Pentagon Looking for a Few Good HackersBug Bounty Program an Experiment in Continuous Rewards for White Hats
Cash rewards await white hat hackers in an experimental bug bounty program launched on American Independence Day by the U.S. Department of Defense.
The Pentagon has tinkered since 2016 with accepting vulnerability reports from security researchers, recently crediting researchers with the closure of more than 6,000 vulnerabilities on public internet-facing military IT systems during 2021, alone.
This newest pilot program, launched with vulnerability disclosure partner HackerOne, isn't the first time the military has offered to pay researchers for exploits, but it is the first to contemplate offering continuous rewards, the San Francisco-based company tells Information Security Media Group.
The pilot program has a cash pool of $110,000, with $75,000 earmarked for first-submitted, first-awarded high- and critical-severity findings, and $35,000 kept for awards such as the best finding on the army.mil domain.
The program runs through Monday. Its announcement comes shortly after the closure of a yearlong test run by HackerOne of bug bounties made with a few dozen volunteer companies from the defense industrial base.
Hackers are "uniquely well-equipped" to find vulnerabilities that other automated scanning and AI tools fail to detect, Alex Rice, HackerOne co-founder and chief technology officer, tells ISMG, noting that the DoD has long recognized the benefits of working with hackers.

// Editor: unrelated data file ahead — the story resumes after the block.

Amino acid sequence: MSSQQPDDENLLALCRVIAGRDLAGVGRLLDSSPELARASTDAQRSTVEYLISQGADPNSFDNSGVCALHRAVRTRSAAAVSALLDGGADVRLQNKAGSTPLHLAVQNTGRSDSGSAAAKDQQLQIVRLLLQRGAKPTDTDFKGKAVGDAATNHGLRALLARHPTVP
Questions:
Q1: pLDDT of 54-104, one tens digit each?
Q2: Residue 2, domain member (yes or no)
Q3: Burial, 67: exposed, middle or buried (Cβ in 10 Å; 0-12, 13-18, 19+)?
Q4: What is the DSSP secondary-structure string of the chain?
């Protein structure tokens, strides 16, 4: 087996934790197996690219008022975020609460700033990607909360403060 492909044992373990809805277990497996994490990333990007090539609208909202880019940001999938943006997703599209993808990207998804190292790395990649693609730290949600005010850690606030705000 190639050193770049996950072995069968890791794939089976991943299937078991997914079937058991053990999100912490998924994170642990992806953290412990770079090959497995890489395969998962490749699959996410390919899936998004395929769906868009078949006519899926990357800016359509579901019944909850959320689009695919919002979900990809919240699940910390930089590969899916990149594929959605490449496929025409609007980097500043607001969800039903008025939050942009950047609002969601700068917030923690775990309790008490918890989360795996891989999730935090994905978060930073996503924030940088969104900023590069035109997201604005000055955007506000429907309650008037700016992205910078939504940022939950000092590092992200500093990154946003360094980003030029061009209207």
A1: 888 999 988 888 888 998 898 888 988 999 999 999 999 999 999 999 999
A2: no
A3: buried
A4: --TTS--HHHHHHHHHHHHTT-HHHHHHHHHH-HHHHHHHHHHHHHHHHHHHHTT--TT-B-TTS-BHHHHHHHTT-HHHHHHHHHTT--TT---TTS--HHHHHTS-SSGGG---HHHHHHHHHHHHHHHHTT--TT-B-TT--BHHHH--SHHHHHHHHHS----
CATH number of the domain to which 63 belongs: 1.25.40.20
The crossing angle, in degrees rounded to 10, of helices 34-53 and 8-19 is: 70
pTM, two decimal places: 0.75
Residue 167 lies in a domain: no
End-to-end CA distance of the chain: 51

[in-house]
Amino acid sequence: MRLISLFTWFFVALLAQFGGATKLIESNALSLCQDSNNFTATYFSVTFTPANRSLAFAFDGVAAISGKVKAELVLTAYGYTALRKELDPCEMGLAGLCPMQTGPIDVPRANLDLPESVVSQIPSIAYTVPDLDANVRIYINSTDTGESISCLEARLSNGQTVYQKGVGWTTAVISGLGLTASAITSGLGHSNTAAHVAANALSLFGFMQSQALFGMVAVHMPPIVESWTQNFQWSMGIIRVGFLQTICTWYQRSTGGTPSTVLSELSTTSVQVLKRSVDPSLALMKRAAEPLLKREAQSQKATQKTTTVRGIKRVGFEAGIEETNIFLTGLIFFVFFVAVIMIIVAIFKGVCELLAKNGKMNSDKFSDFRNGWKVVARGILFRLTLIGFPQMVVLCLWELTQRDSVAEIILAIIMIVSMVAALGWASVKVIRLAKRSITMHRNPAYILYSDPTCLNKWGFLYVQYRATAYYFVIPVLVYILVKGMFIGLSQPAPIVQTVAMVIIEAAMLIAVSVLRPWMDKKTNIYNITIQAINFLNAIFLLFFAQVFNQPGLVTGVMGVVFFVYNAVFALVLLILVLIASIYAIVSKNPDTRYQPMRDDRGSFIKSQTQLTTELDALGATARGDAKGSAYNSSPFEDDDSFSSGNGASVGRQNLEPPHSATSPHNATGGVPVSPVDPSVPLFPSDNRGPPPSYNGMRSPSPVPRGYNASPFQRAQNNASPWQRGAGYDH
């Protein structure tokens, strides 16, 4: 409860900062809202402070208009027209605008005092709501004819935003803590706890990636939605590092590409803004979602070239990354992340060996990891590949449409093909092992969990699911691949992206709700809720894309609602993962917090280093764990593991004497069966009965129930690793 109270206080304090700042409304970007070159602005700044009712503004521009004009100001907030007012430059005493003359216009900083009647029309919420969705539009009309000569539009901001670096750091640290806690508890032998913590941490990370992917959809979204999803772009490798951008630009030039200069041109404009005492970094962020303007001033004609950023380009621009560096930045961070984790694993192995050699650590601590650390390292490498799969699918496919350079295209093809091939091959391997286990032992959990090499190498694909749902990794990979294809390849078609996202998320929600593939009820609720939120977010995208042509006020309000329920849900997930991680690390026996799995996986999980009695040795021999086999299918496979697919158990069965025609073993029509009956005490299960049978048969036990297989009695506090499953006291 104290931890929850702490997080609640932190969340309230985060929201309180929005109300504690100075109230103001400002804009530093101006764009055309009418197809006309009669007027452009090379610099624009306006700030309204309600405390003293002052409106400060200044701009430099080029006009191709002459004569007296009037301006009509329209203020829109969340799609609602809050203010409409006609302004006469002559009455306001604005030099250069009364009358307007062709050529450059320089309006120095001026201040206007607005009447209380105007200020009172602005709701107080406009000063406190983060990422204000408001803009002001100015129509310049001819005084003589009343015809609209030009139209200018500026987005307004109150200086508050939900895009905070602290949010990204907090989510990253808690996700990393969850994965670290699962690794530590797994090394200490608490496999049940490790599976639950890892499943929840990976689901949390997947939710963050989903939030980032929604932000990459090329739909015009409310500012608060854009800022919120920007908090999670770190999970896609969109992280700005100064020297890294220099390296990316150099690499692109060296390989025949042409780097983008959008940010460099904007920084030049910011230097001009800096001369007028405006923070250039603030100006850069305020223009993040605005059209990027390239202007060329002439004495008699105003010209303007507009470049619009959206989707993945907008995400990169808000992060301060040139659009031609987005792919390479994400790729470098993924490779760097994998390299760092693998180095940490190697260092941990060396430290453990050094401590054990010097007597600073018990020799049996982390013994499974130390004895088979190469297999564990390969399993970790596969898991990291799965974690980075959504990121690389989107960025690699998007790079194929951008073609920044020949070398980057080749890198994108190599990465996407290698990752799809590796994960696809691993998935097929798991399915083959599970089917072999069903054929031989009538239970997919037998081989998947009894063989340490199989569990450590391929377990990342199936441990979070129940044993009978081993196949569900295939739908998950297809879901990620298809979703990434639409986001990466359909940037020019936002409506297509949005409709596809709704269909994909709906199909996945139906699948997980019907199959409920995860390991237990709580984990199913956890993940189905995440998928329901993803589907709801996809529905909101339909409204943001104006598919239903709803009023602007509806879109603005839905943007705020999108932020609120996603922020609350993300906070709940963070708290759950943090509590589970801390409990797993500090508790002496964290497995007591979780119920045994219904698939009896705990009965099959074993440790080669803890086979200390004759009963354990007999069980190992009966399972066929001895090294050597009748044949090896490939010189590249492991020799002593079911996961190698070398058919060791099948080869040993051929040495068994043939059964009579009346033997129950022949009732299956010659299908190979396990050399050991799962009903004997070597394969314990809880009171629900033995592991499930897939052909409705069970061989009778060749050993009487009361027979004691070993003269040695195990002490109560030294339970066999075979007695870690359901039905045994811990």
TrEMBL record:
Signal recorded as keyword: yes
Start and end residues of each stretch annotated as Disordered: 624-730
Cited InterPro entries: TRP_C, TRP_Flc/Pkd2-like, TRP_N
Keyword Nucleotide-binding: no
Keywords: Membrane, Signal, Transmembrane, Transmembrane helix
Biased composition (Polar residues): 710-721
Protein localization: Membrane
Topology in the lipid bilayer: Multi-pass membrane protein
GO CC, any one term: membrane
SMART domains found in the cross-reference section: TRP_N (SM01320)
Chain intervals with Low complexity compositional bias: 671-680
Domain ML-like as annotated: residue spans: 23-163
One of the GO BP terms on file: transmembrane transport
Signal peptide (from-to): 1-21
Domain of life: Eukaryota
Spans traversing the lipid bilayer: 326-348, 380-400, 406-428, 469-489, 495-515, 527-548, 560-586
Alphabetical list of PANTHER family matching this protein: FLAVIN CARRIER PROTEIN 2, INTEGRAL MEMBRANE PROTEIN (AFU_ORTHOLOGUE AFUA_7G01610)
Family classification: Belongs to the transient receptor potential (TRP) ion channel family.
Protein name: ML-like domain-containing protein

Bug bounties moved into the mainstream over the past decade, particularly as major technology companies, including Google, Facebook and Microsoft, have set up programs to accept unsolicited reports from outside researchers. A common criticism is that legitimate rewards for responsible disclosure are outstripped by what the open market offers for vulnerabilities.
HackerOne's stance is that money isn't the overriding motivation for all hackers. A recent company survey concluded that while bounties motivate about three-quarters of hackers, more than 8 in 10 say they also participate in bounty programs to expand their skills. More than 6 in 10 say bounties help advance their careers.
"Most people are generally good and would never engage in criminal behavior," Rice says.
July 7, 2022 08:21 UTC: This story has been updated to include additional responses from HackerOne.